Joseph: A national championship isn’t like a major road race where you might see 1000’s of people. It's a smaller field, mostly built of elite athletes running professionally, trying to run professionally, or they want to make a national team. And obviously, there are a lot of trail lovers and people who just do it for fun out there. It's a couple hundred runners or so, sometimes up to a thousand. It’s not like some of the big global or national marathons and road races where you have 50,000 people. A lot of mountain and trail races have permits and things like that. So their size is limited to whatever the permit will allow.
Darren: How many US national championships is this now?
Joseph: It is 23 national championships, including 2-time World Mountain Running Championships, 6-time Xterra World Running Championships, and 36-time USA National Team Member.
Darren: This season is off to a terrific start after a challenging 2022. Can you tell us more about how it’s going?
Joseph: I got COVID last year, right before a major race, and Worlds was right after that. I felt like I needed to get on the right page mentally and physically. In the past, when workouts weren’t going well, I’d either think I was overtraining, or my body wasn't responding to workouts. These days, with COVID around, when you’re a mentally strong athlete like myself, you can only do so much, and you don’t want to push too hard. You don’t want to get scar tissue and stuff in your lungs. So I went to Worlds feeling a way I’ve never felt or experienced at such a major event. It ate at my confidence and my identity. The things that make a person a great athlete weren’t there because I couldn’t prepare. I love those big championships, those big moments, and COVID kind of stripped me of the mental acumen I'm used to. It was a tough experience, mentally.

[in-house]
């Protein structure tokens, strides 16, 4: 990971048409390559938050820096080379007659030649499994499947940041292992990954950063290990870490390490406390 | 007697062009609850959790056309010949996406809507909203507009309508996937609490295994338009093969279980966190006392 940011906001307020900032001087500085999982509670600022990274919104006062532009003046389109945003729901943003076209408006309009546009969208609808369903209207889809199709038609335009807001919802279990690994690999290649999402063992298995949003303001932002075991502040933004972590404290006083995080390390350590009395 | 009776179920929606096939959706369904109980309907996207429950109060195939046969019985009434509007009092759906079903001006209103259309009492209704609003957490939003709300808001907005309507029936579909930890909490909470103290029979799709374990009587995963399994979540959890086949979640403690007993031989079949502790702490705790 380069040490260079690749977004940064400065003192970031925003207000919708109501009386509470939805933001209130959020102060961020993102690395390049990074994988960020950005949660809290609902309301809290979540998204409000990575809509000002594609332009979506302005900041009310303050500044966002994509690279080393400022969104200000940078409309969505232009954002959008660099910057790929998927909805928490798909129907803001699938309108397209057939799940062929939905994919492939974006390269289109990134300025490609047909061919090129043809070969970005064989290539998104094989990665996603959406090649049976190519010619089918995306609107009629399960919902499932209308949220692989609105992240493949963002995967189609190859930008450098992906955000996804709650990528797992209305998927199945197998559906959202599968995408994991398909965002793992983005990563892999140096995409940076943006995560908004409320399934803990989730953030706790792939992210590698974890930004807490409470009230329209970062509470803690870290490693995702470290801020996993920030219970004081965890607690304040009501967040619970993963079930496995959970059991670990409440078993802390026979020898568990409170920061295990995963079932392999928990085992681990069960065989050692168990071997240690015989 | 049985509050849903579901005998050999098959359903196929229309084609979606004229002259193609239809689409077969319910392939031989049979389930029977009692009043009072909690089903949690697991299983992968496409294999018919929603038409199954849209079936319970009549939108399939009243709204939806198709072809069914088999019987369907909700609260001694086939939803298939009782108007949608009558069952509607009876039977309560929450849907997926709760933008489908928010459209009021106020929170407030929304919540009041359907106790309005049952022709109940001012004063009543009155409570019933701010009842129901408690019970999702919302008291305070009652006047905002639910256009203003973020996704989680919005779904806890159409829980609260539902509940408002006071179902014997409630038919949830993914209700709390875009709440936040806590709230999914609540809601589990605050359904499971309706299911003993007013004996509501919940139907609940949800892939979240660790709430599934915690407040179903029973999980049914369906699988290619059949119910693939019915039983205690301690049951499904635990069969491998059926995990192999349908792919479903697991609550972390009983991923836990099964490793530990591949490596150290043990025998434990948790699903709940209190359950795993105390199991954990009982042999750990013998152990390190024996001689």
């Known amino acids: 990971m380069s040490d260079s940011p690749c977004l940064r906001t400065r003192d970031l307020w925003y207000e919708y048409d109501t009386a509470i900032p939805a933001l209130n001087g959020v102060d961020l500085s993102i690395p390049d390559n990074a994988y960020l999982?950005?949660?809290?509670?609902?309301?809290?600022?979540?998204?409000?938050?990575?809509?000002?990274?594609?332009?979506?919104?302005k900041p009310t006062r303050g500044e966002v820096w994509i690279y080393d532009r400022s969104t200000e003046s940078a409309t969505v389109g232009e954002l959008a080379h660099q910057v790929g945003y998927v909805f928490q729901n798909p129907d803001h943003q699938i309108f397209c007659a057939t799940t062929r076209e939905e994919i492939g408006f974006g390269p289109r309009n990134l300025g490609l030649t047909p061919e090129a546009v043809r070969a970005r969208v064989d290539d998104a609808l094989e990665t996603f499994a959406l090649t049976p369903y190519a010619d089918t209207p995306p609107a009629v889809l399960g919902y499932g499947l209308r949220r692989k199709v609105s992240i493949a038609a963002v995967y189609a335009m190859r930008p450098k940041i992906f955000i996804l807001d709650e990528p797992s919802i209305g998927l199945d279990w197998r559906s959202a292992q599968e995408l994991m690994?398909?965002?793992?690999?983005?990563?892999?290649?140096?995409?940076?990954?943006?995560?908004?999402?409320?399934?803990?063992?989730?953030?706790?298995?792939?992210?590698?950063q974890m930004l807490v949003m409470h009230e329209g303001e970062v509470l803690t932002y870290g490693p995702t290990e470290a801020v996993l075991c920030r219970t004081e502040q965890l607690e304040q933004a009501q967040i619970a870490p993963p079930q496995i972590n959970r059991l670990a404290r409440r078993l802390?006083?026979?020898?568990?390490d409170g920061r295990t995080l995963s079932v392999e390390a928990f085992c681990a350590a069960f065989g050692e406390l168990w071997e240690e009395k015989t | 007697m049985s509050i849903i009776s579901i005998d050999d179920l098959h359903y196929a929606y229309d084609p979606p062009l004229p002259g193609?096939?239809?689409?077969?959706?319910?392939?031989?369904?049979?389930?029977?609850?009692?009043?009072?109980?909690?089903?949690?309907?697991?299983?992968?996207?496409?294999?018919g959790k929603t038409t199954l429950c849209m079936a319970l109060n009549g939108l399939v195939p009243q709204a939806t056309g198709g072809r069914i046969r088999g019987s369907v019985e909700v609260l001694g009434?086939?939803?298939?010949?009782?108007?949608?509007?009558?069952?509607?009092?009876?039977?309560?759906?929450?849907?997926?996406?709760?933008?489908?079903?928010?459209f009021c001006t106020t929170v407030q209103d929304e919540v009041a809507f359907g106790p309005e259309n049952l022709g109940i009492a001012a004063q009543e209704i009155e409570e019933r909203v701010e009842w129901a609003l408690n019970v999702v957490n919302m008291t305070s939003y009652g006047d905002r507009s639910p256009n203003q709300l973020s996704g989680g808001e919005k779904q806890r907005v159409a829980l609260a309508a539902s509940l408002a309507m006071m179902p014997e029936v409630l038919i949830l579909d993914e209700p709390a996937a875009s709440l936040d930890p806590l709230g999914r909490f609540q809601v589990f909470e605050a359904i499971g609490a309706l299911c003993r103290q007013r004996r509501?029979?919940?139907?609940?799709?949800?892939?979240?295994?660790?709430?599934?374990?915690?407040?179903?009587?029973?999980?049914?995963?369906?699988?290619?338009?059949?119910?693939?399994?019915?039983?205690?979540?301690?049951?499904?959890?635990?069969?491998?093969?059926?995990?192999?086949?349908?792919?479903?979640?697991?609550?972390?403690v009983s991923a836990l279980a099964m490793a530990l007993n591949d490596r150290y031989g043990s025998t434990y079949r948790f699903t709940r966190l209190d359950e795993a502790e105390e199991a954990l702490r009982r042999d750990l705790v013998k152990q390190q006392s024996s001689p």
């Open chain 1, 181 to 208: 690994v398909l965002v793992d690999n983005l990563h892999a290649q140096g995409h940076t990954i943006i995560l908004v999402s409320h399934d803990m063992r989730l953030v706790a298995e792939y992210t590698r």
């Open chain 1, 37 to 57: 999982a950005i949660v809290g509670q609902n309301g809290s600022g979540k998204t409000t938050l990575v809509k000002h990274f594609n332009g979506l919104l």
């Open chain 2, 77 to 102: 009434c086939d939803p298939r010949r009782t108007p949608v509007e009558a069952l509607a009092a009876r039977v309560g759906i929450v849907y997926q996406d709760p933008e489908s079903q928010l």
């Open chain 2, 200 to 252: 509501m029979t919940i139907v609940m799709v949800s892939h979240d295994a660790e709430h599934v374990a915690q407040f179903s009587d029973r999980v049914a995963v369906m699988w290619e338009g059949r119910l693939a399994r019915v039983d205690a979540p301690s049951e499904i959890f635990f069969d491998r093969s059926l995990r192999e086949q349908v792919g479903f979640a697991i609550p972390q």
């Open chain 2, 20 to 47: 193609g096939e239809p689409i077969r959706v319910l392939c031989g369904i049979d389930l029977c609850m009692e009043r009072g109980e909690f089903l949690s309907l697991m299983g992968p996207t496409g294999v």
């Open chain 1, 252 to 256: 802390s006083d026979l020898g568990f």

It’s hard to stay on top. The margin of error isn’t big when the competition is solid. You have to take care of your body and your mind with regularity. There are a number of other things that can take you out of that window of being competitive at the right moment.
Darren: One of the most remarkable things being around you and seeing your history of staying in that zone. What do you attribute that to? How have you been able to be an elite competitor over such a long period of time?
Joseph: Sometimes, I don't celebrate or focus too much on the most recent victory or the most recent accomplishment. I'm always thinking about the next thing and challenging myself. And I'm my biggest critic. The first time I won a world championship before I even got to the finish line, I was already thinking: “I'm gonna have to come back and win again.” Because anybody can be great, anyone can knock off one championship, but here’s how I grew up:
My dad and I used to play basketball. That was my first sport. My dad would never let me win. He said, “If you’re gonna beat me, you’ll have to earn it.” I finally beat him one time, and I'm celebrating like I won the freakin’ Super Bowl. But my dad said, “Anybody can win once. Let’s play again.” Then he worked my butt! I think that was a good moment that taught me about consistency. I understand that the likelihood is high for a great athlete, a great person with a great mind, mental stability, mental motivation, and an excellent physical body for athletics to win a championship. Still, it’s going to be more special and more memorable if you can replicate those wins over and over again.